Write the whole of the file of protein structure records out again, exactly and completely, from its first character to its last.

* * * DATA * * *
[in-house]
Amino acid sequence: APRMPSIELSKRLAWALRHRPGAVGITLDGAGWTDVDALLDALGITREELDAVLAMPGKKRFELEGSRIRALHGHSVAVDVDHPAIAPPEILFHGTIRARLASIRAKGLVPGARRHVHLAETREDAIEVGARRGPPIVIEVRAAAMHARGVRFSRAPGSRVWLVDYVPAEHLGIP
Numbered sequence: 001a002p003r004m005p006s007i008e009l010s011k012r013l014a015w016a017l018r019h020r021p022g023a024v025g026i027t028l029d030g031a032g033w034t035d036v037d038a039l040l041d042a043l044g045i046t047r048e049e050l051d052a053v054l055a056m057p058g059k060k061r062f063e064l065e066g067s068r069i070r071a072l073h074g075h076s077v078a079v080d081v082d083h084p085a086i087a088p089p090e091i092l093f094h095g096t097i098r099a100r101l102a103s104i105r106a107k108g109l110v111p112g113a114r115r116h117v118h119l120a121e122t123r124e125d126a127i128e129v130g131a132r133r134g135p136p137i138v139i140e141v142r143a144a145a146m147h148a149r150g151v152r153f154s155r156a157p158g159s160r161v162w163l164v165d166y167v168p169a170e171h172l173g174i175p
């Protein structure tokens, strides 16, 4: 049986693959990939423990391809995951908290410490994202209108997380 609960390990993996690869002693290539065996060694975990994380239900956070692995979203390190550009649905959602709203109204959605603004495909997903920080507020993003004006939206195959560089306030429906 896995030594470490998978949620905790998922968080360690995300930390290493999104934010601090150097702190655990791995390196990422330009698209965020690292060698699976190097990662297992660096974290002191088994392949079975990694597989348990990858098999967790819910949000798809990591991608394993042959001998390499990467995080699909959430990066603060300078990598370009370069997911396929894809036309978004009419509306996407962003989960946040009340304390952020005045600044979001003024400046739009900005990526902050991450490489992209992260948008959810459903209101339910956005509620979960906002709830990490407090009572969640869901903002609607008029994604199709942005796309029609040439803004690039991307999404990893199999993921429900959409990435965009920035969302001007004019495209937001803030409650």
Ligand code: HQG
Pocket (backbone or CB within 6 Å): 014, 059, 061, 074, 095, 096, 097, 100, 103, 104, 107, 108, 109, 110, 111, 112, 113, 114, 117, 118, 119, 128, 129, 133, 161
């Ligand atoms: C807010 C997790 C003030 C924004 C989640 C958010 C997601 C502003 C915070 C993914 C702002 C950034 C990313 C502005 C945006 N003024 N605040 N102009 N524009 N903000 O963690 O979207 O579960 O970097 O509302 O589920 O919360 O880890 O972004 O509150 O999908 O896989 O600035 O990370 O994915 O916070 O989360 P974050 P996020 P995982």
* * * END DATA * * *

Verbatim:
[in-house]
Amino acid sequence: APRMPSIELSKRLAWALRHRPGAVGITLDGAGWTDVDALLDALGITREELDAVLAMPGKKRFELEGSRIRALHGHSVAVDVDHPAIAPPEILFHGTIRARLASIRAKGLVPGARRHVHLAETREDAIEVGARRGPPIVIEVRAAAMHARGVRFSRAPGSRVWLVDYVPAEHLGIP
Numbered sequence: 001a002p003r004m005p006s007i008e009l010s011k012r013l014a015w016a017l018r019h020r021p022g023a024v025g026i027t028l029d030g031a032g033w034t035d036v037d038a039l040l041d042a043l044g045i046t047r048e049e050l051d052a053v054l055a056m057p058g059k060k061r062f063e064l065e066g067s068r069i070r071a072l073h074g075h076s077v078a079v080d081v082d083h084p085a086i087a088p089p090e091i092l093f094h095g096t097i098r099a100r101l102a103s104i105r106a107k108g109l110v111p112g113a114r115r116h117v118h119l120a121e122t123r124e125d126a127i128e129v130g131a132r133r134g135p136p137i138v139i140e141v142r143a144a145a146m147h148a149r150g151v152r153f154s155r156a157p158g159s160r161v162w163l164v165d166y167v168p169a170e171h172l173g174i175p
């Protein structure tokens, strides 16, 4: 049986693959990939423990391809995951908290410490994202209108997380 609960390990993996690869002693290539065996060694975990994380239900956070692995979203390190550009649905959602709203109204959605603004495909997903920080507020993003004006939206195959560089306030429906 896995030594470490998978949620905790998922968080360690995300930390290493999104934010601090150097702190655990791995390196990422330009698209965020690292060698699976190097990662297992660096974290002191088994392949079975990694597989348990990858098999967790819910949000798809990591991608394993042959001998390499990467995080699909959430990066603060300078990598370009370069997911396929894809036309978004009419509306996407962003989960946040009340304390952020005045600044979001003024400046739009900005990526902050991450490489992209992260948008959810459903209101339910956005509620979960906002709830990490407090009572969640869901903002609607008029994604199709942005796309029609040439803004690039991307999404990893199999993921429900959409990435965009920035969302001007004019495209937001803030409650």
Ligand code: HQG
Pocket (backbone or CB within 6 Å): 014, 059, 061, 074, 095, 096, 097, 100, 103, 104, 107, 108, 109, 110, 111, 112, 113, 114, 117, 118, 119, 128, 129, 133, 161
């Ligand atoms: C807010 C997790 C003030 C924004 C989640 C958010 C997601 C502003 C915070 C993914 C702002 C950034 C990313 C502005 C945006 N003024 N605040 N102009 N524009 N903000 O963690 O979207 O579960 O970097 O509302 O589920 O919360 O880890 O972004 O509150 O999908 O896989 O600035 O990370 O994915 O916070 O989360 P974050 P996020 P995982």